Friday, September 24, 2021

GO Bondholders Call Upon Fiscal Board to Claw Back Cofina Funds

By on January 10, 2017

SAN JUAN – The Ad Hoc Group of General Obligations Bondholders reiterated Tuesday that the structure of the Puerto Rico Sales Tax Financing Corp., known as Cofina, is invalid and urged the Financial Oversight and Management Board to claw back the funds to pay general obligation (GO) bonds.

“Rather than bestowing inexplicable favoritism on Cofina’s debt, the Commonwealth should put an immediate end to the diversion of tens of billions of its SUT [sales and use tax, or IVU by its Spanish acronym] revenues to Cofina, and the Oversight Board should immediately exercise its statutory right to claw back the funds paid to Cofina since Promesa was enacted. Nothing else the Commonwealth or the Board can do would accomplish as much to restore Puerto Rico to fiscal health,” the GO bondholders said.

Their criticism comes days after Gov. Ricardo Roselló and the oversight board said they will try to renegotiate the terms of debt payments instead of seeking debt restructuring under Promesa.

Cofina logo / file

Cofina logo / file

“Cofina is a conduit through which billions of dollars were borrowed on the back of the Commonwealth’s core revenues. Cofina’s only source of funds to pay its $17 billion of bonds (and growing) is sales and use tax [IVU] revenues illicitly assigned by the Commonwealth. The most powerful path for solving the Commonwealth’s fiscal crisis is to recognize the invalidity of that assignment and return those revenues to the Commonwealth. Doing so would immediately increase the General Fund by over $700 million in the current fiscal year alone and by more than $50 billion over the remaining life of Cofina’s existing bonds,” the group said in a statement.

Inexplicably, the GO bondholders say, the commonwealth has done precisely the opposite, bestowing “singular favoritism” on Cofina debt holders by “paying them in full,” and opposing the GO group’s legal challenge to the Cofina debt on procedural grounds. The oversight board has likewise sought, also on procedural grounds, to prevent that challenge from moving forward.

The GO bondholders were referring to the federal lawsuit known as Lex Claims, in which they are seeking to have a claim over IVU revenue, contending that they have a priority lien established by the commonwealth’s Constitution.

“Cofina is an illicit artifice. It is an entity whose sole purpose has been to borrow money with the backing of SUT revenues diverted from the Commonwealth. This gimmick was set up in 2007 to end-run several core, interlocking protections against fiscal irresponsibility enshrined in Puerto Rico’s Constitution for the protection of Constitutional Debt (and in turn, the people of Puerto Rico). These protections include, among other things, the debt-service limit, the maturity limit, and the debt-service priority and first claim against all available resources,” the GO bondholders said.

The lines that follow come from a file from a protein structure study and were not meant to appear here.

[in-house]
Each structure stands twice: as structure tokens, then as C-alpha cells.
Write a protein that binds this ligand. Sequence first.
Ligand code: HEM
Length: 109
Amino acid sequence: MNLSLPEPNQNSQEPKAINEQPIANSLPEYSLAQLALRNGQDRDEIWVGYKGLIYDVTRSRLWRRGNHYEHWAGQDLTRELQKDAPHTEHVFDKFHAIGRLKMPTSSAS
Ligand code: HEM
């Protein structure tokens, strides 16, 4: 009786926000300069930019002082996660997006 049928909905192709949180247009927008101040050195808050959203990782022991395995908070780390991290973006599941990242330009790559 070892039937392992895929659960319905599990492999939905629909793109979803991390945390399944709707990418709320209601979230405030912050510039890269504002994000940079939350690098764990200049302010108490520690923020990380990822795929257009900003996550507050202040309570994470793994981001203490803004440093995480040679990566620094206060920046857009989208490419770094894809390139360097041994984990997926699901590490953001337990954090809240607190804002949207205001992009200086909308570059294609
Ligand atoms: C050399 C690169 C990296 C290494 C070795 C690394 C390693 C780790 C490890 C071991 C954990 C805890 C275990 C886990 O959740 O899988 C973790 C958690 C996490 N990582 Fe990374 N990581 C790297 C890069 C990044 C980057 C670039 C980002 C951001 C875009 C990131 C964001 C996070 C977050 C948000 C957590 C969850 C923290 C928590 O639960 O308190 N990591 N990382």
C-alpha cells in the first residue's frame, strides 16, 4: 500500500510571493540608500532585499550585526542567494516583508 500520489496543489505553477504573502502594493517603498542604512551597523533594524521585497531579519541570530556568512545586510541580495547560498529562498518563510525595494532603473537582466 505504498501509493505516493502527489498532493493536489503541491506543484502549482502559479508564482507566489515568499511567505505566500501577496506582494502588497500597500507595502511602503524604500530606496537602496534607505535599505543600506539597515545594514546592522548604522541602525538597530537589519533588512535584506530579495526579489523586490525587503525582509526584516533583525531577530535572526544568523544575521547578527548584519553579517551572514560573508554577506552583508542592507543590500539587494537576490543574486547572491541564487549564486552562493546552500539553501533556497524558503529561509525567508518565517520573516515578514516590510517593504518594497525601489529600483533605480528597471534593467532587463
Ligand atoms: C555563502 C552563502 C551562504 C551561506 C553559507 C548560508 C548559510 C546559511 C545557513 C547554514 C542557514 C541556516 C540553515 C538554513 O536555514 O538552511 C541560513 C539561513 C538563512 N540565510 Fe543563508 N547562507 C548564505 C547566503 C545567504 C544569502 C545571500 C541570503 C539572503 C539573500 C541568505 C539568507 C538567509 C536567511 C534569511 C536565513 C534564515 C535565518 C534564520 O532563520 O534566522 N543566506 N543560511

The GO bondholders’ statement lists reasons for the illegality of Cofina. First, they said the Constitution prohibits the commonwealth from borrowing money if the resulting debt service in any future year would exceed a “prescribed, modest portion of the Commonwealth’s revenues,” essentially 15% of the recent average revenues at the time of borrowing. “Starting with its very first borrowing in 2007, Cofina issued debt that would have offended this limit if it had been issued by the Commonwealth,” they charged.

Second, they said, the Constitution “generally prohibits the Commonwealth from borrowing money with a maturity exceeding 30 years,” adding that Cofina-issued debt would have “offended this Constitutional protection if it had been issued by the Commonwealth.”

Third, the Constitution requires that all of the commonwealth’s resources be available first to service its own constitutionally protected debt or the GO bondholders to ensure Puerto Rico had access to capital markets.

“If the COFINA structure were legal, it would render useless all three of these constitutional provisions. In fact, if taken to its logical extreme, the Commonwealth could attempt through mere legislation to divert an unlimited amount of its tax collections from any source to Cofina-like structures. Such a structure is a transparent end-run around the explicit protections for Constitutional Debt, a result totally at odds with Puerto Rico’s Constitution,” the bondholders said.

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